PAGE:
Marietta and Cobb officers intervene to save people considering suicide

May 12—Marietta police on Thursday saved a woman who was considering suicide when she scaled the outside of a fence above Interstate 75.

The rescue came two weeks after Cobb police intervened with a man who considered jumping from the edge of a four-story parking deck near the Cobb Galleria Centre.

Dramatic scenes from the two incidents were captured on their body cameras.

Early Thursday morning, Marietta police responded to a 911 call of a woman who was suicidal and on the Delk Road bridge above I-75. Body camera footage shows she was already on the outside of the bridge's protective fencing when police arrived.

Officer Austin Martin, who has been with the Marietta Police Department less than a year, was one of the first to arrive on the scene, police said.

His lack of experience did not deter him from attempting to save the woman, police said.

"He quickly and confidently approached the woman as she scaled the fence and introduced himself, trying to build a rapport," the department said in a Facebook post. "He stayed calm and spoke with her for almost a full hour, attempting to get her to climb back over the fence to safety."

In Martin's body cam footage shared by MPD, the officer can be seen approaching the woman with his hand held out around 2:56 a.m.

"Hang on, hang on!" Martin calls out. "We just want to talk."

As Martin spoke with the woman, introducing himself and asking her name and what's going on with her, Marietta and Cobb police and firefighters coordinated rescue efforts, shutting down I-75 in both directions.

According to police, the woman became angry when other officers attempted to assist Martin in rescuing her.

As the footage shows, by 3:46 a.m., Martin and another officer had grabbed ahold of the woman's hands while firefighters used a ladder truck to lower her to safety.

Police said the woman is safe and can now get the help she needs.

Marietta Police Chief Marty Ferrell praised Martin, who completed all of his training and became an independent officer with "solo status" just six weeks prior, for his life-saving efforts Thursday morning.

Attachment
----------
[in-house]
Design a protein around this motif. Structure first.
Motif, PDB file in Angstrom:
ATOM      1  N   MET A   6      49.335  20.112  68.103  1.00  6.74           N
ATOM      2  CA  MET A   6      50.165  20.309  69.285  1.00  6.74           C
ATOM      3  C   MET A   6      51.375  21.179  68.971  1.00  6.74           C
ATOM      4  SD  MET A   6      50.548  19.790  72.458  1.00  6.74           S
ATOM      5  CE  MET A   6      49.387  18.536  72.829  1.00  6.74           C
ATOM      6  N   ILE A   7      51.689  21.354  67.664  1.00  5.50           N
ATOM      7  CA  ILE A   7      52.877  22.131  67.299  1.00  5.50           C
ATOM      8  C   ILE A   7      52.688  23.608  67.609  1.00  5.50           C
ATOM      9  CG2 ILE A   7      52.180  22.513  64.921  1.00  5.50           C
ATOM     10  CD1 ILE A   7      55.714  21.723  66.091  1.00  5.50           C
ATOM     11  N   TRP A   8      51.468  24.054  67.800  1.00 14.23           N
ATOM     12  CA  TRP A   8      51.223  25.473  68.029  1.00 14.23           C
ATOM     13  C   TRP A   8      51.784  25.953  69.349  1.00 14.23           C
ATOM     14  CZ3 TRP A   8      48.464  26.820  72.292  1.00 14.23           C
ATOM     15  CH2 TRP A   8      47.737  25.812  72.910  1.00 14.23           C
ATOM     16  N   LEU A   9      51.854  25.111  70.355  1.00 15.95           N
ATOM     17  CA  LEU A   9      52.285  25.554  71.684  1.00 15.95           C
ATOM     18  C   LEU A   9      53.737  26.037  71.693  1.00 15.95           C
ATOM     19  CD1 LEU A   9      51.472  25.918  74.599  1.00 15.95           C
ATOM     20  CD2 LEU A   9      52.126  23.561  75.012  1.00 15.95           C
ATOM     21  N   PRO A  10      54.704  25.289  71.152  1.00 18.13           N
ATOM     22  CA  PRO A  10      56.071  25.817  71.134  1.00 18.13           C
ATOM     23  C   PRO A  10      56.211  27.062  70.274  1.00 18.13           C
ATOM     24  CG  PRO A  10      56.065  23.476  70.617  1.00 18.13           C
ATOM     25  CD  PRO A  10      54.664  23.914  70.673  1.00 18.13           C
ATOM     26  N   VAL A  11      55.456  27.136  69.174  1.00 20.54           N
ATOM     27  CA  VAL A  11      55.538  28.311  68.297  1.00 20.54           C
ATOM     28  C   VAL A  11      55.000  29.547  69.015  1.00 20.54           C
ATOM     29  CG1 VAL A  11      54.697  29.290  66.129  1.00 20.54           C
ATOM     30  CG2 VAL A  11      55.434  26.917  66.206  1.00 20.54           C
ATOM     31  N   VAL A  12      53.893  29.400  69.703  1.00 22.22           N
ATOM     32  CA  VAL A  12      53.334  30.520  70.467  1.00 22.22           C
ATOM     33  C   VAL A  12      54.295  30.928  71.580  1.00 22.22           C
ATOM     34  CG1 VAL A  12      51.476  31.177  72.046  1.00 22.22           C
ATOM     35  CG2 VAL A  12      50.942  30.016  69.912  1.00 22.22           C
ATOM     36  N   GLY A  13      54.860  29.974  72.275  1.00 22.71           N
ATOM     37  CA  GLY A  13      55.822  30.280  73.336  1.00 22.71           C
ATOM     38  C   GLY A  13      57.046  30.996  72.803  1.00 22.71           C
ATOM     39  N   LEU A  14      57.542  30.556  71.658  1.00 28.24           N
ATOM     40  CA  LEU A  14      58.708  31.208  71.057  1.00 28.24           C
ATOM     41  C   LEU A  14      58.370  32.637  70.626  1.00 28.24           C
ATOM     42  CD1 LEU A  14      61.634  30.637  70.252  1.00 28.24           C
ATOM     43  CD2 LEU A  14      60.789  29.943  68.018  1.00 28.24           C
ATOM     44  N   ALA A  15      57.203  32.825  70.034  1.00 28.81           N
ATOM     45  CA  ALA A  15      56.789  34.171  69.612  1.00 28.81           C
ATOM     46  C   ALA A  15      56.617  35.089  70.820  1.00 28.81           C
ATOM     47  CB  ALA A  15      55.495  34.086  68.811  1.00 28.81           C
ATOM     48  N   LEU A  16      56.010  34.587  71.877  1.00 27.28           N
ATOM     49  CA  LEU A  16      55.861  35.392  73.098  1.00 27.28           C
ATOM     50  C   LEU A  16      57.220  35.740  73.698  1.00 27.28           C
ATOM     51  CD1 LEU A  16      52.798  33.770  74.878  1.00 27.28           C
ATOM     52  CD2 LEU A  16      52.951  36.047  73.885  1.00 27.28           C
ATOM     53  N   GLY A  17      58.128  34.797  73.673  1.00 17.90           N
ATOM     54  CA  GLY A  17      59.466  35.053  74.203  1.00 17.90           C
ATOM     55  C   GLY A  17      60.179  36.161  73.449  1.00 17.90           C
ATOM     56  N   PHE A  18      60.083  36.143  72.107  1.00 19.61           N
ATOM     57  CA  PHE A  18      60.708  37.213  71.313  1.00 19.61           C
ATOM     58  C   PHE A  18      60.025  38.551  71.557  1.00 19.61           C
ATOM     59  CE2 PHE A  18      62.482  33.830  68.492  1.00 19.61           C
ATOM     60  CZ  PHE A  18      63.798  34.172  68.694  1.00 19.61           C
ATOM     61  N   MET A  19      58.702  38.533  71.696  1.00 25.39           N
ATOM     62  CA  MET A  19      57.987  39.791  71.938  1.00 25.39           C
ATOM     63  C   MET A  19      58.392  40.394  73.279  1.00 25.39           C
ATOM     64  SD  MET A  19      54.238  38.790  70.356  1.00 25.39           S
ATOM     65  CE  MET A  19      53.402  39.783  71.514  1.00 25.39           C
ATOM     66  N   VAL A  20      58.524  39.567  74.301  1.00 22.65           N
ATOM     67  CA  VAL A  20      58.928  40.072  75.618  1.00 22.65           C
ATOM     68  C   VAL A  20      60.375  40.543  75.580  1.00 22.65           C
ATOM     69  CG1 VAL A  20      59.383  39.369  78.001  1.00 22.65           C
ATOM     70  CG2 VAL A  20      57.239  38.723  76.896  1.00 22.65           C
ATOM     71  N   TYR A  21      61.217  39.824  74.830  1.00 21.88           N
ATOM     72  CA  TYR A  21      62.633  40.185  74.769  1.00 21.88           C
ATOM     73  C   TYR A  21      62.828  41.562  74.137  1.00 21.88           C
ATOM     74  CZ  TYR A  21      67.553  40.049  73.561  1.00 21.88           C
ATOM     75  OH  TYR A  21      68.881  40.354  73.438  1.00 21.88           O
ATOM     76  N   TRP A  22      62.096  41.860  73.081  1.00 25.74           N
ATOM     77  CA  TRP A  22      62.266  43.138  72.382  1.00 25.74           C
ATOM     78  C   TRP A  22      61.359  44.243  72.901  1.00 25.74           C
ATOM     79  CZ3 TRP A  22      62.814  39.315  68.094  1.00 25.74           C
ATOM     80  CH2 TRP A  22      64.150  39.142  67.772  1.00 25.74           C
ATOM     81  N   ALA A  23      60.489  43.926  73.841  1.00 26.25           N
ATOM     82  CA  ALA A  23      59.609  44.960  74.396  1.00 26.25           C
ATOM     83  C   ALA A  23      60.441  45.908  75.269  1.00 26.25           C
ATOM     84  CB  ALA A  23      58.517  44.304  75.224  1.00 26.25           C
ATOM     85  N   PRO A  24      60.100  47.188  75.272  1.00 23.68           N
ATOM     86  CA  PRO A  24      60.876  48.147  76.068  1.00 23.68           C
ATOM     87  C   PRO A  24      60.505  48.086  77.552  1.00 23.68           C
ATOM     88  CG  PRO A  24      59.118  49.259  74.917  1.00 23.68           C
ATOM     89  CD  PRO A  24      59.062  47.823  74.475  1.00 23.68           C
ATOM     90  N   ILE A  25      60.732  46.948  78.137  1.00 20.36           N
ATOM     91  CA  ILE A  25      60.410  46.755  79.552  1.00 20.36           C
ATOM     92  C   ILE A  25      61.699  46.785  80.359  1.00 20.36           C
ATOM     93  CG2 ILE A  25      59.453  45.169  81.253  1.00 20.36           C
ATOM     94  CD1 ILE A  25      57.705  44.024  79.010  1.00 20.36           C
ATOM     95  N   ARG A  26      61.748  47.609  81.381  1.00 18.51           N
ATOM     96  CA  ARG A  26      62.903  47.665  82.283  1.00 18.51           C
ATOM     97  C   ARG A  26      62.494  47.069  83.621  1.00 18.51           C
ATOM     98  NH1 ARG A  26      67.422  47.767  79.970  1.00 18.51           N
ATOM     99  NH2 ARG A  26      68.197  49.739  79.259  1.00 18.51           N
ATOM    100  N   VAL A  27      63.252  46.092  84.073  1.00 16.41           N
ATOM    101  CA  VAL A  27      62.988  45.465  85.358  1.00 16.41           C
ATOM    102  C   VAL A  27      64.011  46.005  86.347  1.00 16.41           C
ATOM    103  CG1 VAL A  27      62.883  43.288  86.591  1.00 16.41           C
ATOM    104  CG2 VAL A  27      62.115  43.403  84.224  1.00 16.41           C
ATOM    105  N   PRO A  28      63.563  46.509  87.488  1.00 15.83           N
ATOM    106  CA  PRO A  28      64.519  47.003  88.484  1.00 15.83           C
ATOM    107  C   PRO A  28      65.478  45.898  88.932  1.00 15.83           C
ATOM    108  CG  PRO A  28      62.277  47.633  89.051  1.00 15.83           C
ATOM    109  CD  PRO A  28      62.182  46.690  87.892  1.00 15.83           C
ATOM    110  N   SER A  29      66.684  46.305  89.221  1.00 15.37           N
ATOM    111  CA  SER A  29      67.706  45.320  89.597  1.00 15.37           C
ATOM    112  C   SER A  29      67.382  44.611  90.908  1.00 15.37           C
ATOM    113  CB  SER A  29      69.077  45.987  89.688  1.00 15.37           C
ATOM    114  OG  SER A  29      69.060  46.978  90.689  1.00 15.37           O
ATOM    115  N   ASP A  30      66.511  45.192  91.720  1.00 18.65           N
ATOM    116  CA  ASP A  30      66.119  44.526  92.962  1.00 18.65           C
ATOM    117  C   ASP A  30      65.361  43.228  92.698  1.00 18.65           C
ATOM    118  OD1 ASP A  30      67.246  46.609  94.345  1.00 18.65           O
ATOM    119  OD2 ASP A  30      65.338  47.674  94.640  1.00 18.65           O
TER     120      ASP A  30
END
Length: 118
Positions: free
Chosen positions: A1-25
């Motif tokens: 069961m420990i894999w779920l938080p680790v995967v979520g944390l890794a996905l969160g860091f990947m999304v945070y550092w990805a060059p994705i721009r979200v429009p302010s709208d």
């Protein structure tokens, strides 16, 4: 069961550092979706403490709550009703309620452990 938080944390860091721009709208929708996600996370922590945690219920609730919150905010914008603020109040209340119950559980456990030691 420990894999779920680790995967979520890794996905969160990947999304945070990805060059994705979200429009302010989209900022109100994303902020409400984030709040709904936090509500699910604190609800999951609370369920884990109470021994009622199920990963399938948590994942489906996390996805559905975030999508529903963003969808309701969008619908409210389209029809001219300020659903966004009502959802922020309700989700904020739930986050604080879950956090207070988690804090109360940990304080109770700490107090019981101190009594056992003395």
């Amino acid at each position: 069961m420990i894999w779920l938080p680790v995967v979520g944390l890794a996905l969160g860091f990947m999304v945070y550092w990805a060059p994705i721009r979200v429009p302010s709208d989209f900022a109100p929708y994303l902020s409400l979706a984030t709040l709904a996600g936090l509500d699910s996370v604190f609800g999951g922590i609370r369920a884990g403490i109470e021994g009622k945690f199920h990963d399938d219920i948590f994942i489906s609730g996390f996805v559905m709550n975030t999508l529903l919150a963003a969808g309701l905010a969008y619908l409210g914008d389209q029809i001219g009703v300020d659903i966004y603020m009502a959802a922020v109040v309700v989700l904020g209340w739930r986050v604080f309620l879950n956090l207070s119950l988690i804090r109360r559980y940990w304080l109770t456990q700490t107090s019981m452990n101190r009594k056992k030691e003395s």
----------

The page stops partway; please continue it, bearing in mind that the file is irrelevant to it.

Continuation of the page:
"I could not be prouder of the actions of Officer Martin and all those involved in saving this woman's life," Ferrell said. "To those who ask why anyone would want to become a police officer these days, this is just one example of the impact a first responder can have in someone's life."

In a similar incident, in the early hours of April 27, a Cobb police officer successfully talked a man off the ledge of a four-story parking deck in Cumberland.

Officer Justin Spires arrived on the scene around 2:30 a.m. to a man planning to attempt suicide. Body cam footage showed Spires inquiring about the man and his situation.

"I'm just tired," the man responded.

Spires introduced himself and said he wished they had met under different circumstances.

"It matters to me," Spires said at one point. "We're here to help you, we can't just leave you."

The man's desperation could be heard in a later part of the body camera footage.

"There is no hope for me," he said.

Spires assured the man he would not come near him, and for more than an hour, the officer pleaded with him to come to the squad car and talk to him, police said.

Eventually, the man stepped away from the edge and was driven by Spires to the bottom of the deck, where an ambulance awaited them.

Footage of the rescue compiled by Cobb police closed with this message:

"If you or someone you know is in crisis, help is available. Call the National Suicide Prevention Lifeline at 1-800-273-8255."